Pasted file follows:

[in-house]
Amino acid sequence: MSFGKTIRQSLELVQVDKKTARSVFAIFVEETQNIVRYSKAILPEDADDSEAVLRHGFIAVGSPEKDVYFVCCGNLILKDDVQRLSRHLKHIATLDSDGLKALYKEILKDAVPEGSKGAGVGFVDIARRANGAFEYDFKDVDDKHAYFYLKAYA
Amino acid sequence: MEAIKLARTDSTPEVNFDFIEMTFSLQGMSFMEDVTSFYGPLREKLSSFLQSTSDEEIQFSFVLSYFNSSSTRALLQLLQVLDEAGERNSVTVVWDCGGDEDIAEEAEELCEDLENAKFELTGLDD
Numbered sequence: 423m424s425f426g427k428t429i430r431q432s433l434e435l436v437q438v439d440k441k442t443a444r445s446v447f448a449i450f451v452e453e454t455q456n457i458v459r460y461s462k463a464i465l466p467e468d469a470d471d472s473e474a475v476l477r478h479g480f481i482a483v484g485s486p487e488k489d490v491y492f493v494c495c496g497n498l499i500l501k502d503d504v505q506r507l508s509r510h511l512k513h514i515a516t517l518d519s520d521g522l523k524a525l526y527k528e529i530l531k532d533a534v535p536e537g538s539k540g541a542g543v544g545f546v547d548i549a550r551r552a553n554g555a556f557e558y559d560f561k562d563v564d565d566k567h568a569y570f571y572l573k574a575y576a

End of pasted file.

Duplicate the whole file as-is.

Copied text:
[in-house]
Amino acid sequence: MSFGKTIRQSLELVQVDKKTARSVFAIFVEETQNIVRYSKAILPEDADDSEAVLRHGFIAVGSPEKDVYFVCCGNLILKDDVQRLSRHLKHIATLDSDGLKALYKEILKDAVPEGSKGAGVGFVDIARRANGAFEYDFKDVDDKHAYFYLKAYA
Amino acid sequence: MEAIKLARTDSTPEVNFDFIEMTFSLQGMSFMEDVTSFYGPLREKLSSFLQSTSDEEIQFSFVLSYFNSSSTRALLQLLQVLDEAGERNSVTVVWDCGGDEDIAEEAEELCEDLENAKFELTGLDD
Numbered sequence: 423m424s425f426g427k428t429i430r431q432s433l434e435l436v437q438v439d440k441k442t443a444r445s446v447f448a449i450f451v452e453e454t455q456n457i458v459r460y461s462k463a464i465l466p467e468d469a470d471d472s473e474a475v476l477r478h479g480f481i482a483v484g485s486p487e488k489d490v491y492f493v494c495c496g497n498l499i500l501k502d503d504v505q506r507l508s509r510h511l512k513h514i515a516t517l518d519s520d521g522l523k524a525l526y527k528e529i530l531k532d533a534v535p536e537g538s539k540g541a542g543v544g545f546v547d548i549a550r551r552a553n554g555a556f557e558y559d560f561k562d563v564d565d566k567h568a569y570f571y572l573k574a575y576a